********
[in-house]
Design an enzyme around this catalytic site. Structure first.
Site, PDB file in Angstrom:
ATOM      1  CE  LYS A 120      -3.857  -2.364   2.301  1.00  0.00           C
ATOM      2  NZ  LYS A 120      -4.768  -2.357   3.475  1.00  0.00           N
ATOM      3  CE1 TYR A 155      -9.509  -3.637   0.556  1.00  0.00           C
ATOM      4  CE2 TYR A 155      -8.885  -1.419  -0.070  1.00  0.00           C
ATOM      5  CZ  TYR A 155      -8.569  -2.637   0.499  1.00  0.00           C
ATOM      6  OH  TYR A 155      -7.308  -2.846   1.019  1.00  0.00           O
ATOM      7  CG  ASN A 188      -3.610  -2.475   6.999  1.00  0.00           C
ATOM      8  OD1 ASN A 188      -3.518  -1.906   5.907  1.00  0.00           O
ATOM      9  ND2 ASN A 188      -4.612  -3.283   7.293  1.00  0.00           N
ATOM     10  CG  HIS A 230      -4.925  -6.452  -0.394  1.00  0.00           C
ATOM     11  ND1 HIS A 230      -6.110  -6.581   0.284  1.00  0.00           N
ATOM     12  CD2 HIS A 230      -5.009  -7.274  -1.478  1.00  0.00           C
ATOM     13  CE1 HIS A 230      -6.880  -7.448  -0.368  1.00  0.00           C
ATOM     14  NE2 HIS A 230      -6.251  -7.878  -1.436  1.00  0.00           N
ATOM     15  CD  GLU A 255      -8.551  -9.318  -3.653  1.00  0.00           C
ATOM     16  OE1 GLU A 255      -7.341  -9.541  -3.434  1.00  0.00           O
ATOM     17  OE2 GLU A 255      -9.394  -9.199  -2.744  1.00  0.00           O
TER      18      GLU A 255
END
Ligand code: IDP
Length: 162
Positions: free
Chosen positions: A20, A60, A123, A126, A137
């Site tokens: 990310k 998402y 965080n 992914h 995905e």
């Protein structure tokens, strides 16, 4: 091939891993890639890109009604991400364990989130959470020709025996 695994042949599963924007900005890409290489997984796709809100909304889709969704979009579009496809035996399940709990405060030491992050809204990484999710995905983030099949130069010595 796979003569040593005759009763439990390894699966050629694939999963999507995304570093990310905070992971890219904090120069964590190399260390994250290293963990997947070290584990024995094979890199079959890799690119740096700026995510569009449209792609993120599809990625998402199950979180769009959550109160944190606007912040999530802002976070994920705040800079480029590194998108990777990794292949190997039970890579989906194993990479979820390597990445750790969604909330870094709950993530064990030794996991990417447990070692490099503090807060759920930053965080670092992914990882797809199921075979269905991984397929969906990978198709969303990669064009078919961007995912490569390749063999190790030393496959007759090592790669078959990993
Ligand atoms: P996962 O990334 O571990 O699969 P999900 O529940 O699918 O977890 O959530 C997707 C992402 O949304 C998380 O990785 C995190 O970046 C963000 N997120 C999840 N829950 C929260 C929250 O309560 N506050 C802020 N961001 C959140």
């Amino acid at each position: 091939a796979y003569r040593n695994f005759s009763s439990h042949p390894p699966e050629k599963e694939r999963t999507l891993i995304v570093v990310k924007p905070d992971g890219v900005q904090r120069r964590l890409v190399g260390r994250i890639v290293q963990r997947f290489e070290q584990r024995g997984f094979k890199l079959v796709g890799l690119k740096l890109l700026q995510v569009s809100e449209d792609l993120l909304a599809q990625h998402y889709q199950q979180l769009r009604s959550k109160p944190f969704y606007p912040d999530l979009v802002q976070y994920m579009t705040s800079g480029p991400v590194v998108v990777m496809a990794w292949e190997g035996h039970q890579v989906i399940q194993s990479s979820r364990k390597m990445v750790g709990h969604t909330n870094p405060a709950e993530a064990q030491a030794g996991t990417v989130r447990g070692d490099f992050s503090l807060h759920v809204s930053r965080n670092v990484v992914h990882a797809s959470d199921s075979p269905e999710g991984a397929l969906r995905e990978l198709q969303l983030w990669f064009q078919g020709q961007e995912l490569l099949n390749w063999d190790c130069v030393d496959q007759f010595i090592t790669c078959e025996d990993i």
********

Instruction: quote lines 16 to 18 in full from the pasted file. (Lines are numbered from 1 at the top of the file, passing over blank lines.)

ATOM     13  CE1 HIS A 230      -6.880  -7.448  -0.368  1.00  0.00           C
ATOM     14  NE2 HIS A 230      -6.251  -7.878  -1.436  1.00  0.00           N
ATOM     15  CD  GLU A 255      -8.551  -9.318  -3.653  1.00  0.00           C